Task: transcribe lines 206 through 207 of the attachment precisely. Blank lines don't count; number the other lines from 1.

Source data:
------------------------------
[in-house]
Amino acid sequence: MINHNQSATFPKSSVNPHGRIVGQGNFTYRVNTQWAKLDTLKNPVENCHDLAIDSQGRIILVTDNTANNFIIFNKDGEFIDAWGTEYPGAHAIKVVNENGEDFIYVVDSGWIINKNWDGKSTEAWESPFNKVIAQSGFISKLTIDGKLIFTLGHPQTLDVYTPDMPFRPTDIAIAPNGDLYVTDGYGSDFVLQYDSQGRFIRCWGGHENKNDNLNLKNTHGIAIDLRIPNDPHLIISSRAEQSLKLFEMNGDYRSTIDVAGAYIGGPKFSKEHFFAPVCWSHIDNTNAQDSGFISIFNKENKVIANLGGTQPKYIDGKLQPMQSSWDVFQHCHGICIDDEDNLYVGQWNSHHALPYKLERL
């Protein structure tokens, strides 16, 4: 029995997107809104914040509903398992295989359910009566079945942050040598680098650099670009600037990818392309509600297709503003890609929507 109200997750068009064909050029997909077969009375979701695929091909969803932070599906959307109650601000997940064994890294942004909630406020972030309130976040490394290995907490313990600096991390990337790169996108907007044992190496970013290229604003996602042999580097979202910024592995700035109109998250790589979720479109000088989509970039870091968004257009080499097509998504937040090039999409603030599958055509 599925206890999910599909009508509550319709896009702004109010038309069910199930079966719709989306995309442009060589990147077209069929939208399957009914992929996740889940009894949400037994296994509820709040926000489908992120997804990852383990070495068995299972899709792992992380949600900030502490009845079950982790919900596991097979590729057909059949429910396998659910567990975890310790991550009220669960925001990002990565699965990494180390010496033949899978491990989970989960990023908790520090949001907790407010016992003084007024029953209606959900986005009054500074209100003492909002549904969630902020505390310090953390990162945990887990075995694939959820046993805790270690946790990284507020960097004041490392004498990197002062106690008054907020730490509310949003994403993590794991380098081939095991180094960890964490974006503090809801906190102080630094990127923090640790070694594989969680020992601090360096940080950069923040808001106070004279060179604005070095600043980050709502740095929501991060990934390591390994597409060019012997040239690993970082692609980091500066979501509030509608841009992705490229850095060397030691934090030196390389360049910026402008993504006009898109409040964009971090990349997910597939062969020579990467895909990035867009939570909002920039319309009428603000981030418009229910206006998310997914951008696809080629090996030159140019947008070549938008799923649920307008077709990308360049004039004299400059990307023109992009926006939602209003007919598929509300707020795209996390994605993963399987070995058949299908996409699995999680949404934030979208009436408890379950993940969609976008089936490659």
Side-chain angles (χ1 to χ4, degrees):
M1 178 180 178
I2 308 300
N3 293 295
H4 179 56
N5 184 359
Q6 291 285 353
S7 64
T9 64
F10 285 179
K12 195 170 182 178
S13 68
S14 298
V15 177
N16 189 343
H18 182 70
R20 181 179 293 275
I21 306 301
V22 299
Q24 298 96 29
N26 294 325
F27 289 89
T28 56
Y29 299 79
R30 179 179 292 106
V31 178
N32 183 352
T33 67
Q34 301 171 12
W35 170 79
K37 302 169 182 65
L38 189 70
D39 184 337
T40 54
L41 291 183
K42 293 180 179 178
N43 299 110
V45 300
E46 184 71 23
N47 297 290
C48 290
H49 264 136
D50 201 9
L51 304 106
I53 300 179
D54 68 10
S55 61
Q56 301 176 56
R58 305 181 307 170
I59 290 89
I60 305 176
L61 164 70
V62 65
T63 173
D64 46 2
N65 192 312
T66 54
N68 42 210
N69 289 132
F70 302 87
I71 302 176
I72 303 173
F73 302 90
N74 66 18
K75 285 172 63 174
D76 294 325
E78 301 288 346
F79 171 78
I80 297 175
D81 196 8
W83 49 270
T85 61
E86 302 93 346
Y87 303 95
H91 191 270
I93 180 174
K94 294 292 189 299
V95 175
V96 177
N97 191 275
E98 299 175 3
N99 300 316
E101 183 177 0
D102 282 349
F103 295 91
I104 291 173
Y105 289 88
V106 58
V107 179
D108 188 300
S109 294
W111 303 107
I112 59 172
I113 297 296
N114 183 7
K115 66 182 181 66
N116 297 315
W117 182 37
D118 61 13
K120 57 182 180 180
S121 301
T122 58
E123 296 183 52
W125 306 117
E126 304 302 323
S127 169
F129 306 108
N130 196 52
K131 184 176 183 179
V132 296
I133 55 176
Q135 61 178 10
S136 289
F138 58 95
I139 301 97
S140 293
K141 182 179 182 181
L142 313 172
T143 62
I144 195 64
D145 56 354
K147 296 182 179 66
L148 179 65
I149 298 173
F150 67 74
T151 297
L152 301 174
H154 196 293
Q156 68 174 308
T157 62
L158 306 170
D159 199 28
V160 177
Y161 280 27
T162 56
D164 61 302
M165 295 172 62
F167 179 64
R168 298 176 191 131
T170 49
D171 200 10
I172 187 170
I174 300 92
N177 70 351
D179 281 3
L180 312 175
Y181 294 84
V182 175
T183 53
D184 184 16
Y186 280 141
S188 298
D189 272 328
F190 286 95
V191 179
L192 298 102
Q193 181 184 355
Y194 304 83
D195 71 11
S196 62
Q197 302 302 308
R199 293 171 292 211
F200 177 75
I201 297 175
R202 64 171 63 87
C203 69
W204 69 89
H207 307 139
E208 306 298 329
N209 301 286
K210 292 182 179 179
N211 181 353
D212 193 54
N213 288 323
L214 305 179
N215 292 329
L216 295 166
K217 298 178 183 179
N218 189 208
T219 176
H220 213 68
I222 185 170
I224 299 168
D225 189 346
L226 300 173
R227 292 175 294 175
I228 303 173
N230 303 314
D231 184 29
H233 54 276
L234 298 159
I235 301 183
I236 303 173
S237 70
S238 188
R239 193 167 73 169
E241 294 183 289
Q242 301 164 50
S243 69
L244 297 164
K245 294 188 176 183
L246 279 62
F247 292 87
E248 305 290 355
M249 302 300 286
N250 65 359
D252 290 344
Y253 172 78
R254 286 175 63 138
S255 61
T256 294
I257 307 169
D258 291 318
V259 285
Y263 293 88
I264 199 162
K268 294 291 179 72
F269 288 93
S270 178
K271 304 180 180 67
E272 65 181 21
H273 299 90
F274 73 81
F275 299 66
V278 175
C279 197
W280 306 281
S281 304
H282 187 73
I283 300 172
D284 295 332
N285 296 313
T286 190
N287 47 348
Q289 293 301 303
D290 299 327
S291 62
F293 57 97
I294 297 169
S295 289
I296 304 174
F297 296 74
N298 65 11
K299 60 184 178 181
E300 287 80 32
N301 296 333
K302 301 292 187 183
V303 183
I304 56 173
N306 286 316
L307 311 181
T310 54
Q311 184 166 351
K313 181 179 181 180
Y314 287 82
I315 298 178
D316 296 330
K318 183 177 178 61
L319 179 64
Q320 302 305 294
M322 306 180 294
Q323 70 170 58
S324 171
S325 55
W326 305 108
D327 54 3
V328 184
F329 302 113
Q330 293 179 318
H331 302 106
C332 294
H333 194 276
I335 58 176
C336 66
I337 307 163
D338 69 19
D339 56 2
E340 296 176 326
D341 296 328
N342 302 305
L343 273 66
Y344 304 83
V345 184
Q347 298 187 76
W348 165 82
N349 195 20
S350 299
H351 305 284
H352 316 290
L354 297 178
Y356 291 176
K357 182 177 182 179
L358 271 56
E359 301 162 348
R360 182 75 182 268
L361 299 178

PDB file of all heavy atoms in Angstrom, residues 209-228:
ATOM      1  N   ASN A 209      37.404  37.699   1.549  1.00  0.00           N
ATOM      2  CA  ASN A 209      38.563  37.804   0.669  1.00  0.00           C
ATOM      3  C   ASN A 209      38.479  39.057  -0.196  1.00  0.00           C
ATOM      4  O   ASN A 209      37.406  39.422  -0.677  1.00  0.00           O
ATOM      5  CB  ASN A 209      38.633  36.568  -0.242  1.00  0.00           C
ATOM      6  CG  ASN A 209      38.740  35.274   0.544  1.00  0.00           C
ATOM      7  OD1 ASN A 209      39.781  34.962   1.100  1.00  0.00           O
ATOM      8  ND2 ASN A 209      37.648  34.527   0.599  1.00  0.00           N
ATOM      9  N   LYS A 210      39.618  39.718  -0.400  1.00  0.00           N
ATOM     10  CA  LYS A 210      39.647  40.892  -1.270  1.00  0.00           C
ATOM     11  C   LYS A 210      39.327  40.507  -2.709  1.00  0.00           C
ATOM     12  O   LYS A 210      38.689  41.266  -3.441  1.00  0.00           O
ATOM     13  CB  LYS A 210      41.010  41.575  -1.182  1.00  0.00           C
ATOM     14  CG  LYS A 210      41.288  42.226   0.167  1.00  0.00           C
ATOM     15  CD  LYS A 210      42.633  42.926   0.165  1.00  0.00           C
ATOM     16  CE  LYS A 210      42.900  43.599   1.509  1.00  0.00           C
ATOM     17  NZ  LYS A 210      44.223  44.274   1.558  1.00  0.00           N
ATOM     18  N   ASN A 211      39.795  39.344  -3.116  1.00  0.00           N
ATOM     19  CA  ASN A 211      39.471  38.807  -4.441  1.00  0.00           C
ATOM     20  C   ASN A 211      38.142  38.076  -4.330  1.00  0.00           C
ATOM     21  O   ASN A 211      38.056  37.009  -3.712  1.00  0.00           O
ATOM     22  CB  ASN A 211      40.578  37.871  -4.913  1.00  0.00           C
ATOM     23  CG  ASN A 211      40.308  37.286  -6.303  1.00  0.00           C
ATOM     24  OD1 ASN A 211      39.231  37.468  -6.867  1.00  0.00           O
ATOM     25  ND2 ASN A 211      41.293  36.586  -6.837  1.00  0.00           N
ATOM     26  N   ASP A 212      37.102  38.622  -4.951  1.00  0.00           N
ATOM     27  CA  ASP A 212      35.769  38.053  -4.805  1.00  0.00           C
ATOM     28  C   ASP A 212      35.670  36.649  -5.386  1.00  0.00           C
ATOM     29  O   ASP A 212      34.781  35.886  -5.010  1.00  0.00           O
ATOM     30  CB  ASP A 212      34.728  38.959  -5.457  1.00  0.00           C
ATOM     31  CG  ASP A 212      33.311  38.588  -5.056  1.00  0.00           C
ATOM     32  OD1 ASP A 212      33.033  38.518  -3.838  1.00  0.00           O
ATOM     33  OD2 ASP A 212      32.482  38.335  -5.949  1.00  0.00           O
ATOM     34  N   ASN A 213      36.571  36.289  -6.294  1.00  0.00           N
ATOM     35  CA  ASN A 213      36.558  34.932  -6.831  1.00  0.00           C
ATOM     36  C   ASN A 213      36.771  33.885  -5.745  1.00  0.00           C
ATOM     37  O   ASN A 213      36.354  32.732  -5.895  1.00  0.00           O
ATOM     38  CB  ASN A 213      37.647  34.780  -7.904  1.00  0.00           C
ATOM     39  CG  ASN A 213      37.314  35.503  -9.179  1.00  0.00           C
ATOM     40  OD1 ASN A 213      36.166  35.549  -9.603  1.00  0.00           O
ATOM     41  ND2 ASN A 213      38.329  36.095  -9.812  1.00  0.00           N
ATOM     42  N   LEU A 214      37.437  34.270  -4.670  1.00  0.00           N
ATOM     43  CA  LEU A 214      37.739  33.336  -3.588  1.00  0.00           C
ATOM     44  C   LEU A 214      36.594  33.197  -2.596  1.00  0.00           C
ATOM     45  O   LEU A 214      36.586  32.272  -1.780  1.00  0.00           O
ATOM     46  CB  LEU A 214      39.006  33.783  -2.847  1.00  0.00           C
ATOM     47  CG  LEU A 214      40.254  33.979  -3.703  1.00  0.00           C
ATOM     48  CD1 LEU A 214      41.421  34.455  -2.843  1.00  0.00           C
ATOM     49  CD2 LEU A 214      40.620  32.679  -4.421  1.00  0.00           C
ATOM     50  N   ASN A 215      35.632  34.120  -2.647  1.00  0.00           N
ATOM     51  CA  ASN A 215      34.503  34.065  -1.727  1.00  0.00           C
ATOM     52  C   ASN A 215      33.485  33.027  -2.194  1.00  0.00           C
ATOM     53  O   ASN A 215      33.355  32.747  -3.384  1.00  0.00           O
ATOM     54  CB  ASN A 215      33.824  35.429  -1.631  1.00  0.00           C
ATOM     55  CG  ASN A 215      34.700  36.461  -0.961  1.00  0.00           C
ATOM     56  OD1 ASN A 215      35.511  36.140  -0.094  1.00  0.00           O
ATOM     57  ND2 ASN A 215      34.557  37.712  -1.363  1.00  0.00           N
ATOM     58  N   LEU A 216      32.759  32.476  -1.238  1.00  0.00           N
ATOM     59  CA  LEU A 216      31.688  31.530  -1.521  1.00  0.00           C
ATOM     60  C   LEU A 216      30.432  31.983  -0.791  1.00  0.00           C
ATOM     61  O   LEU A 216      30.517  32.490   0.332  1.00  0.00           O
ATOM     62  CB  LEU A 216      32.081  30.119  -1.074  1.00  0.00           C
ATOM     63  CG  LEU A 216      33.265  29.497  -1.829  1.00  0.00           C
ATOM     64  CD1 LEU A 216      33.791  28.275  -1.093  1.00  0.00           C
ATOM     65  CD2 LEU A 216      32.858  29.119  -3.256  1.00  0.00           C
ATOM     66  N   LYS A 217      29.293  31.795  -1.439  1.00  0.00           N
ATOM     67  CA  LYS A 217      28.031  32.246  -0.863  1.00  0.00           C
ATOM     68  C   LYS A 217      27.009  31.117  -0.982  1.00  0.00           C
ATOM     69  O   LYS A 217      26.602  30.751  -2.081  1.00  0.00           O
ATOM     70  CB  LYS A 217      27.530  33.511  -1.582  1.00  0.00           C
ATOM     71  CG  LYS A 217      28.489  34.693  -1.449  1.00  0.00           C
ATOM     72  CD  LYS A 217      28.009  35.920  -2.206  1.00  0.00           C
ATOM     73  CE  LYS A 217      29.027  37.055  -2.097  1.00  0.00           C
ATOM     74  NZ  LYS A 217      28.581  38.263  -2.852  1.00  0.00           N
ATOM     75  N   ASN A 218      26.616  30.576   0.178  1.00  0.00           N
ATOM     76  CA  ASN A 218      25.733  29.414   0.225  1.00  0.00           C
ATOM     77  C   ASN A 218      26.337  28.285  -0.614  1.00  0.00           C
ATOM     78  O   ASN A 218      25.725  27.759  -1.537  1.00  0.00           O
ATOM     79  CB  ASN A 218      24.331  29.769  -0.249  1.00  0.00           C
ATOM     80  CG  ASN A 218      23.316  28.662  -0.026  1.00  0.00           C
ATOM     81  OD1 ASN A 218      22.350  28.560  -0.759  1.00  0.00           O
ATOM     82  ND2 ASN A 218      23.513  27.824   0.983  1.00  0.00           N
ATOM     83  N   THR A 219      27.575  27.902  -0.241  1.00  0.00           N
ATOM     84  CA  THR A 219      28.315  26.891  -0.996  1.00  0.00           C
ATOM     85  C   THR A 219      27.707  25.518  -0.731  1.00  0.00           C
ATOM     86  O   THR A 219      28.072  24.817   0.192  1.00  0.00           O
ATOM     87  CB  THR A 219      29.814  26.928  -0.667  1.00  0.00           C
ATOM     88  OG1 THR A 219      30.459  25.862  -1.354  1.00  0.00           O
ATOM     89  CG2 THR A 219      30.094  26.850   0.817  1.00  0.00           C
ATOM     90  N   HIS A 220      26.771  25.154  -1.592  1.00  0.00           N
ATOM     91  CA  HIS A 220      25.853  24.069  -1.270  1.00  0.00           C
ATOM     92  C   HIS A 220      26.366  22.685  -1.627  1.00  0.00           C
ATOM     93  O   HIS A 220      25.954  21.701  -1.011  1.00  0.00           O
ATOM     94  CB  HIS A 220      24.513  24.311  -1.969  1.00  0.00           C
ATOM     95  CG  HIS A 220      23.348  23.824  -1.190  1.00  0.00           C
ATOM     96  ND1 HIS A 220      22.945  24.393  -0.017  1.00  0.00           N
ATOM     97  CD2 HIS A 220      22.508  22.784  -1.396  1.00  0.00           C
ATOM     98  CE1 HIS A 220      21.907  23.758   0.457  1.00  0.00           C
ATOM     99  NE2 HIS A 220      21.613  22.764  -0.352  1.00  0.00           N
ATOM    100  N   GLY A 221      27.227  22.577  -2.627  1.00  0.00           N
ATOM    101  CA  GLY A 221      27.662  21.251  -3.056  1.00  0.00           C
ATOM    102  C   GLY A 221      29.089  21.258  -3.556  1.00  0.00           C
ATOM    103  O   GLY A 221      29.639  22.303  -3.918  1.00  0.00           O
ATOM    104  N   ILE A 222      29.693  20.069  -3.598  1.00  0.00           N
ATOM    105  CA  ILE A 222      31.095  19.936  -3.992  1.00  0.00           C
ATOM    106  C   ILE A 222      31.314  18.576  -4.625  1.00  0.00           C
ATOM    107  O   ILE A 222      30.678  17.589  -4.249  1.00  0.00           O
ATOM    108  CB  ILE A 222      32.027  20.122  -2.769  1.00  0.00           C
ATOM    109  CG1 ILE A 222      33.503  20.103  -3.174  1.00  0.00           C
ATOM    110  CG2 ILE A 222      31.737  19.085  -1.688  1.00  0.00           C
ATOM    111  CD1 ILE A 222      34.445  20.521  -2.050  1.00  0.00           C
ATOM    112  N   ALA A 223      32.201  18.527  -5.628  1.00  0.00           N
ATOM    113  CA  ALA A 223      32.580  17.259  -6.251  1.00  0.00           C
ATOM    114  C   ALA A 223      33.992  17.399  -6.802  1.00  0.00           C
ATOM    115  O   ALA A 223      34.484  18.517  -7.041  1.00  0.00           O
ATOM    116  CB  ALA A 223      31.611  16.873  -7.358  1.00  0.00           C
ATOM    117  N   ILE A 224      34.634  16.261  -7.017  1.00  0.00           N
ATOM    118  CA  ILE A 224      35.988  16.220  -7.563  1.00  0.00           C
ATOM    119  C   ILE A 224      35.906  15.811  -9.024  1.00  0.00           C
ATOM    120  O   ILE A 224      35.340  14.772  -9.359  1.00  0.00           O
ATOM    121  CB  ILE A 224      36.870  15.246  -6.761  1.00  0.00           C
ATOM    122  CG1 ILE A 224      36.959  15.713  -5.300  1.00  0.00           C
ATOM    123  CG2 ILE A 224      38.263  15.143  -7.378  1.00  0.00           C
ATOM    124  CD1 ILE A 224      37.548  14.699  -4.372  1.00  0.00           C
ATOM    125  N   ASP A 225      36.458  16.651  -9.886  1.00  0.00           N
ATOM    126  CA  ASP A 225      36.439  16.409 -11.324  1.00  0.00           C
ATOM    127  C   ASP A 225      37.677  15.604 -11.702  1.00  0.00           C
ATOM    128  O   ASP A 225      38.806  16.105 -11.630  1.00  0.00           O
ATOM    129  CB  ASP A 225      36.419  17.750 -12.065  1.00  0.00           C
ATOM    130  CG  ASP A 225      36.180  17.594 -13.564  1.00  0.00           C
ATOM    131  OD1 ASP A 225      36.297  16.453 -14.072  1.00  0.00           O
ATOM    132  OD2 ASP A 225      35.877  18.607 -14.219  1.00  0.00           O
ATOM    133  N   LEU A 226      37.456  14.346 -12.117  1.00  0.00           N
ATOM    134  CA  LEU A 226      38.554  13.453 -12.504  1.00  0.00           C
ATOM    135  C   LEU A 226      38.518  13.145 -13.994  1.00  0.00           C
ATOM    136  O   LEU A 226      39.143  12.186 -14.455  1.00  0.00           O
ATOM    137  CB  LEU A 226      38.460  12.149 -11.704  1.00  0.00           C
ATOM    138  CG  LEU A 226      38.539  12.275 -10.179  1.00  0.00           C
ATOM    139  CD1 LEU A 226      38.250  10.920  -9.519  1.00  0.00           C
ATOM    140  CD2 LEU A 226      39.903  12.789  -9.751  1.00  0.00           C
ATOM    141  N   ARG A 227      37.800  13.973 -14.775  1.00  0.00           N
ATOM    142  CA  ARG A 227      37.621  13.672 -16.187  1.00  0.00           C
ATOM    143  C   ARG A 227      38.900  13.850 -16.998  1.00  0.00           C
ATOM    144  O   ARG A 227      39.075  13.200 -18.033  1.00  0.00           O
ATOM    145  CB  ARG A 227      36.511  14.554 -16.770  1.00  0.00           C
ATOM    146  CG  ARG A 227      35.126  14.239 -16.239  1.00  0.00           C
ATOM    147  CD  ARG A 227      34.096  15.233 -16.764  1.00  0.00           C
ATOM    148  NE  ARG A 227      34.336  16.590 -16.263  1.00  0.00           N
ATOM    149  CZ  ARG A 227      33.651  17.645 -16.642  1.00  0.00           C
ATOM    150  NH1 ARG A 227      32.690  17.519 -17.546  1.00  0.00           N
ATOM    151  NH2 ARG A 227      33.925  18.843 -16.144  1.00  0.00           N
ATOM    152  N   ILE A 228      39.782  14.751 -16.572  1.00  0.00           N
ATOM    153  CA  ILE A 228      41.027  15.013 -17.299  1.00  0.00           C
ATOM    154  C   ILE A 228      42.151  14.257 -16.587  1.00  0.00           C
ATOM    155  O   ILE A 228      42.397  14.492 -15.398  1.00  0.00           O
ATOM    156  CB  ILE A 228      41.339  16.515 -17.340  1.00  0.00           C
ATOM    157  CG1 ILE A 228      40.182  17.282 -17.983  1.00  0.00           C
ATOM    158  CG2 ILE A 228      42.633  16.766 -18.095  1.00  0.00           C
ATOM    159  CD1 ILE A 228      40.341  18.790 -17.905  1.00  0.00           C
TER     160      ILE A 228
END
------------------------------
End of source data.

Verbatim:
F247 292 87
E248 305 290 355